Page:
Legal Help on Export Car Scam Sheffield

There is a email scam that particularly targets sellers who have advertised their car though online ads. The 'buyer' contacts the seller and says that they wish to purchase your car, even though they haven't even seen it. They usually pose as an international dealer who wants to export the car, usually to Africa. This is an export car scam. Don't fall for it. Please scroll down to learn more and get access to the litigation lawyers in Sheffield listed below.

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Legal Help on Export Car Scam

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The Export Scam

The Export Scam

There is a email scam that particularly targets sellers who have advertised their car though online ads. The 'buyer' contacts the seller and says that they wish to purchase your car, even though they haven't even seen it. They usually pose as an international dealer who wants to export the car, usually to Africa. They are willing to pay the full price of the vehicle by banker's draft. However, they then go on to add that they either owe money to a third party in the UK. They suggest that they send you a bankers draft for the full price of the vehicle, plus the amount of money that is owed. They then ask you to deposit the cheque, and then wire the third party the owed money.

A variation of the scam lets you know that they already have a bankers draft made out for a previous car deal which did not work out; not surprisingly, this amount is far higher than the asking price for your car, and you are asked to wire the balance back to them. A third variation involves them sending you the money for the car, plus a few extra thousand to cover the cost of the shipping. You are asked to wire this extra money to their shipping agent.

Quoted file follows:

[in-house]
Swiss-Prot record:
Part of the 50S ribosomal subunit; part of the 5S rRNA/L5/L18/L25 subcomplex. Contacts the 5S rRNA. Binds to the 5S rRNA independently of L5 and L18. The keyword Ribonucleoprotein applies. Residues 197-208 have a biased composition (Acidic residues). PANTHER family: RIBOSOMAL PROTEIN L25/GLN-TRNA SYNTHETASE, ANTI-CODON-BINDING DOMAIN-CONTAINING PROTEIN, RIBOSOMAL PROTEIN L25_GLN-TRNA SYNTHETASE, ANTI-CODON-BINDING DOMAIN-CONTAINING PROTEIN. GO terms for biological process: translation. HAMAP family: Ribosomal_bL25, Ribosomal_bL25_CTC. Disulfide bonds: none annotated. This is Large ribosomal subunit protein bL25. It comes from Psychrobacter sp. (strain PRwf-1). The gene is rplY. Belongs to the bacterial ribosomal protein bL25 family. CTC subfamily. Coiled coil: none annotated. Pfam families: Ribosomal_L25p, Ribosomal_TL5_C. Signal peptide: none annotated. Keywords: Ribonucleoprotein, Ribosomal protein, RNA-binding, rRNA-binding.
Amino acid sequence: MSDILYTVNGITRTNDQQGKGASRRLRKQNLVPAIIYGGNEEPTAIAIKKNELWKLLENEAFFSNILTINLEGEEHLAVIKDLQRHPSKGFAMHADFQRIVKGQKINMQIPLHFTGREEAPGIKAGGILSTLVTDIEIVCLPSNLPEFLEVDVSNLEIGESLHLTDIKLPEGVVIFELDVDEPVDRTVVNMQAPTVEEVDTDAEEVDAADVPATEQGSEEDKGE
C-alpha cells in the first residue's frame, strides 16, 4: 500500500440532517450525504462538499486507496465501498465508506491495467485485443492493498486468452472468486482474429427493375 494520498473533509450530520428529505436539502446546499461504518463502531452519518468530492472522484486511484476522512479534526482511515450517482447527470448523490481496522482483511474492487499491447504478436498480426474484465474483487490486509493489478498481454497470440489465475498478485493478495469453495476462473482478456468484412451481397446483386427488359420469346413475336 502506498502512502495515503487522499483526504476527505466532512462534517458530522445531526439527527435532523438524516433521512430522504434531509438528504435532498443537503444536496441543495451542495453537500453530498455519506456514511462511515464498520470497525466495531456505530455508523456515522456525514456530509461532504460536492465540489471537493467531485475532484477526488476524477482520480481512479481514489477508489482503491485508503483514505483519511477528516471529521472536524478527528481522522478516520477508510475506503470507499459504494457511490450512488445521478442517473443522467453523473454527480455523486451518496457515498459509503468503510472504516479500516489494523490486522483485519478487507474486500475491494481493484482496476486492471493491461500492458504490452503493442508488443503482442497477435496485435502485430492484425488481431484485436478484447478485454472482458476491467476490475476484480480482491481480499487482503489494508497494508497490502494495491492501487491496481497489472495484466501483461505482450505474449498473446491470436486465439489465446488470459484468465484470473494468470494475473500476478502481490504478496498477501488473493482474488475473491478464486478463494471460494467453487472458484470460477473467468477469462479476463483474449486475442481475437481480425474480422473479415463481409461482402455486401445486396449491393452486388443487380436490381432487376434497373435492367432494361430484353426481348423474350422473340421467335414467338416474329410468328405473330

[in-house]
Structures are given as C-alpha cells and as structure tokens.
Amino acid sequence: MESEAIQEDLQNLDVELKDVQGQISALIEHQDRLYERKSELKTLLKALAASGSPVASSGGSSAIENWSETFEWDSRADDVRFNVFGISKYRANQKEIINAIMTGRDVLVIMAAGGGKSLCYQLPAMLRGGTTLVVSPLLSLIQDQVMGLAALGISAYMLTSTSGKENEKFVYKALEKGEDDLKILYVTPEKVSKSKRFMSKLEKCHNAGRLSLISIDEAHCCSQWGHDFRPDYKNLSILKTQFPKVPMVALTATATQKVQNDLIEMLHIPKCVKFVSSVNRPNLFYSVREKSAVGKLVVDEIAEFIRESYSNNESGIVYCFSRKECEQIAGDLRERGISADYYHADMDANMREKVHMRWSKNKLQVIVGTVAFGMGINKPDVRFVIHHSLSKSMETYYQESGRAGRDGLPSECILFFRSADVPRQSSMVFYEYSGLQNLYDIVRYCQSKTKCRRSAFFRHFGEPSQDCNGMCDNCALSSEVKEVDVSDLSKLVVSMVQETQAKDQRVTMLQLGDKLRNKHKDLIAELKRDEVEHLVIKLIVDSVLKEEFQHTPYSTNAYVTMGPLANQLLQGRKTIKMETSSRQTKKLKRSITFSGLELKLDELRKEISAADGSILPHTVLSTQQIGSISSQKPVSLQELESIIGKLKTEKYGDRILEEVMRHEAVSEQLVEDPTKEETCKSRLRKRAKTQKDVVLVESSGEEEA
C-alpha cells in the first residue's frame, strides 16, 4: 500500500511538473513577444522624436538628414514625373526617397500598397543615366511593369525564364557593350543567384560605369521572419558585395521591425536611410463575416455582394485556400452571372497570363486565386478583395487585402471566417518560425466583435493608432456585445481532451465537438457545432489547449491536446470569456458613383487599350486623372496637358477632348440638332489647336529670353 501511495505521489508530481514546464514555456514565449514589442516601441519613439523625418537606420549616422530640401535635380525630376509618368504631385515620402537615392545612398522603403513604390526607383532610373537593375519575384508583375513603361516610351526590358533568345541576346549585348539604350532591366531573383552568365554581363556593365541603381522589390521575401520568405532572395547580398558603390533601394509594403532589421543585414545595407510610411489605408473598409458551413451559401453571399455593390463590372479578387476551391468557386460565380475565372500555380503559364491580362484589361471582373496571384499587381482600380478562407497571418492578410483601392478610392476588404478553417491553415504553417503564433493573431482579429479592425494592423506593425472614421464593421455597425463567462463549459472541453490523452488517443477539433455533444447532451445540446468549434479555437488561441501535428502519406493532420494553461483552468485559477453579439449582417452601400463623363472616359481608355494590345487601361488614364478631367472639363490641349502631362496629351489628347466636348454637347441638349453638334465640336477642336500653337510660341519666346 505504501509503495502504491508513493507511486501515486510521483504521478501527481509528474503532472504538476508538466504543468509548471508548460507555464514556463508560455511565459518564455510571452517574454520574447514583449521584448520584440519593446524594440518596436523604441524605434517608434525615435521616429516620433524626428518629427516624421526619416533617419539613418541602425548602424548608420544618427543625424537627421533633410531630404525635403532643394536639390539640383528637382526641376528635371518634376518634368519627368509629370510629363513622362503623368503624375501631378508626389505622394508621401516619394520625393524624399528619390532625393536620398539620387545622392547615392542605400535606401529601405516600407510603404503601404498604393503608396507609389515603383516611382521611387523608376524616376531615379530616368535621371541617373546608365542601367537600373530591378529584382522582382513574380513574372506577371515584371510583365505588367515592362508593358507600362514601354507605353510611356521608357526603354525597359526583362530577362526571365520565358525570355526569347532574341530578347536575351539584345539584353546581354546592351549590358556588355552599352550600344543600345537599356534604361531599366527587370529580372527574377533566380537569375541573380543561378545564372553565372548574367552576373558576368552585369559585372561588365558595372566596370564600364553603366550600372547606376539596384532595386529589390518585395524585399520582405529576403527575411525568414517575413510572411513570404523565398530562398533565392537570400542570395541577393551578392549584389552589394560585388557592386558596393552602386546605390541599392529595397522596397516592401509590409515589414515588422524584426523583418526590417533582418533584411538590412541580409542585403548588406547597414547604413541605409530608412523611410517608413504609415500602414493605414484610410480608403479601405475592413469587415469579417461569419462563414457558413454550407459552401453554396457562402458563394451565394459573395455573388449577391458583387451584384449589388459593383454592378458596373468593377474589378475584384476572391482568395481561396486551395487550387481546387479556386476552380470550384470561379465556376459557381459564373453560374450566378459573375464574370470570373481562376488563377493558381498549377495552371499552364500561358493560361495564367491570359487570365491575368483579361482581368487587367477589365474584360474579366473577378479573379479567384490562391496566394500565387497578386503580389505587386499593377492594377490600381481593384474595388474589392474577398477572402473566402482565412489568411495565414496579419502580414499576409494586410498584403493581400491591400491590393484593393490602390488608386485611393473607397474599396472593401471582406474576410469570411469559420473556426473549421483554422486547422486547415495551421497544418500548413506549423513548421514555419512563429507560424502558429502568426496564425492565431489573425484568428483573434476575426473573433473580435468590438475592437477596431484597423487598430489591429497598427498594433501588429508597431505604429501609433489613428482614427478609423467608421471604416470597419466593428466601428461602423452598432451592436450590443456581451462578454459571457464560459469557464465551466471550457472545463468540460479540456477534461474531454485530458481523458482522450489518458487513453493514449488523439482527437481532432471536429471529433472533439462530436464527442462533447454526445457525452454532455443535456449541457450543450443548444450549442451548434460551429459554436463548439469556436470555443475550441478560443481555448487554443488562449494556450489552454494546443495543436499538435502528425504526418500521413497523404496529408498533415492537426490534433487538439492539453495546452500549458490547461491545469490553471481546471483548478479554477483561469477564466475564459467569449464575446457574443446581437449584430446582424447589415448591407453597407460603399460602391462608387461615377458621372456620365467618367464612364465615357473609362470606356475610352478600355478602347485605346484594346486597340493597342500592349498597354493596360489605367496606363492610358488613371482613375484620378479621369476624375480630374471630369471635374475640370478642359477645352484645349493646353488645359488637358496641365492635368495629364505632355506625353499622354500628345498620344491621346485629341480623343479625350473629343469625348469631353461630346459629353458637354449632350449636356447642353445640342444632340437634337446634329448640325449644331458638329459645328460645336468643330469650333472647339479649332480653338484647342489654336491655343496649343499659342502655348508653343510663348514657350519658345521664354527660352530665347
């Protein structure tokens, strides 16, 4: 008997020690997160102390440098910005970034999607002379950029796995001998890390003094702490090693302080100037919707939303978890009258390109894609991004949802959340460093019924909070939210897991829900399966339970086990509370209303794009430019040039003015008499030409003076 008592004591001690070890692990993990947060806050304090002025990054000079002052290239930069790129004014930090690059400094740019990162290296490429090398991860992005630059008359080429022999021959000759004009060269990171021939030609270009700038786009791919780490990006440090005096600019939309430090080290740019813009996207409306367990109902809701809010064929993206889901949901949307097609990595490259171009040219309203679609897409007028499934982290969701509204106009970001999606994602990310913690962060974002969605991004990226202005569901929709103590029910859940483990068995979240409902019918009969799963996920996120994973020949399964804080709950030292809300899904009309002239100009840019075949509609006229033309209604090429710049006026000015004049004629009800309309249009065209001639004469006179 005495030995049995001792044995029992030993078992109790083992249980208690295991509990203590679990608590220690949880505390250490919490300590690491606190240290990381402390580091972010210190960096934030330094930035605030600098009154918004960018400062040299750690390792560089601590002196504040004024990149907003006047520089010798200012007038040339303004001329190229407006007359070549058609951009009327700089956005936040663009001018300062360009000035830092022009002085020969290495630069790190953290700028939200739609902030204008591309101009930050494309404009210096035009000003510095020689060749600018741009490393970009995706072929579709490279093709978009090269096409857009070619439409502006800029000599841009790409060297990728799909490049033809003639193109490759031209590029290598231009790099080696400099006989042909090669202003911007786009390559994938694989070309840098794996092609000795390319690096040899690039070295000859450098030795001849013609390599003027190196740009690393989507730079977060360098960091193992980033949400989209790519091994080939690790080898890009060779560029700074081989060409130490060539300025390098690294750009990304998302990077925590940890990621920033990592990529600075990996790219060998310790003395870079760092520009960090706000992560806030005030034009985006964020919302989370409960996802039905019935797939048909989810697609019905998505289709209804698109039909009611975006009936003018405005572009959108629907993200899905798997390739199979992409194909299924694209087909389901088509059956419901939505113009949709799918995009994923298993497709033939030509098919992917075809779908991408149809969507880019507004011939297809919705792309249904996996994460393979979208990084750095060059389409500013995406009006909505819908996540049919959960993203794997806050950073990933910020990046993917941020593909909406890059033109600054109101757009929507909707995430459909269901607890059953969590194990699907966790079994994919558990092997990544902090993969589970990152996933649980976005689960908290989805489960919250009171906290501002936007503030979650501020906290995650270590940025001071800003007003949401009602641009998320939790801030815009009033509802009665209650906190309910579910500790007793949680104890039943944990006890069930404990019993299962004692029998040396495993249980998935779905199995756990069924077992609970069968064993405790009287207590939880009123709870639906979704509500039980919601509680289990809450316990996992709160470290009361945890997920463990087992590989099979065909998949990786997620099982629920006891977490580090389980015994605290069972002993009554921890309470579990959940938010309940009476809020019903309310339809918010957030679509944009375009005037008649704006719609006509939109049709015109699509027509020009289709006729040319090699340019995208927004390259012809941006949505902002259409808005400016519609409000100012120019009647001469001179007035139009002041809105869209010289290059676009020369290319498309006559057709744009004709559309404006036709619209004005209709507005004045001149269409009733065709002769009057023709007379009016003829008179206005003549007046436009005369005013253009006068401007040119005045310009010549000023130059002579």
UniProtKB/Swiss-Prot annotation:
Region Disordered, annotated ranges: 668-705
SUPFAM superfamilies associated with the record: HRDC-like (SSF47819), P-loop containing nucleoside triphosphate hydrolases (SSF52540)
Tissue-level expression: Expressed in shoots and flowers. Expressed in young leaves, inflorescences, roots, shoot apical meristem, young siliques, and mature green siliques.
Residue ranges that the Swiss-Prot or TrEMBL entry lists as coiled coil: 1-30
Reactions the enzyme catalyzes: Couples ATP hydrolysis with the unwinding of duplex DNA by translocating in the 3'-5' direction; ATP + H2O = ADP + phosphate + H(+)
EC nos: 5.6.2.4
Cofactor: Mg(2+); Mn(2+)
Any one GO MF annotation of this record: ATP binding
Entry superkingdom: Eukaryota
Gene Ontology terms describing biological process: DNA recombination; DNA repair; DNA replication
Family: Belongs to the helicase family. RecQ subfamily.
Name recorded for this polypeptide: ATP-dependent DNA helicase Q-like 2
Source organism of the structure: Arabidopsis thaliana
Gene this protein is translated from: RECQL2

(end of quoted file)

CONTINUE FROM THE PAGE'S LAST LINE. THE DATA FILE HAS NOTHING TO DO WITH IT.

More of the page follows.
In all three variations, buyers are often offered an incentive to do this, and may be told to keep a certain amount of money or a percentage for themselves over and above the asking price of the car.

After you've paid the genuine-looking banker's draft into your account, it will appear to clear, leaving you to wire the additional money. After a few more days (or even weeks), you will be contacted by your bank who will inform you that the bankers draft was stolen, forged or that it has bounced. The money will be stripped from your account, leaving you thousands of pounds out of pocket.

If it sounds too good to be true, it probably is.

What You Should Do

You should avoid getting involved in any sort of deal that involves you giving the buyer money, especially when they offer you an incentive to do so. Never, ever release a vehicle until you have confirmed with your bank that the bankers draft has been given value. This is not the same as the draft clearing; this merely means that the bank is prepared to put the money into your account whilst the funds are being verified.

Luckily, it is fairly easy to recognise these types of email scams; just be on the look out for letters that include spelling mistakes and poor grammar; these are usually included to make the reader think that the buyer is an uneducated person who wouldn't have the ability to defraud them. The writers very often try to ingratiate themselves with the intended victim, signing off with a comment such as "regards to you and your family" or "may the blessings of lord be with you".

Example

The email below shows just one such example:

Greetings!

My name is Abiodun Bockeen, I am an auto dealer from West Africa I have a client interested in buying your car. My client has accepted your price; howev...

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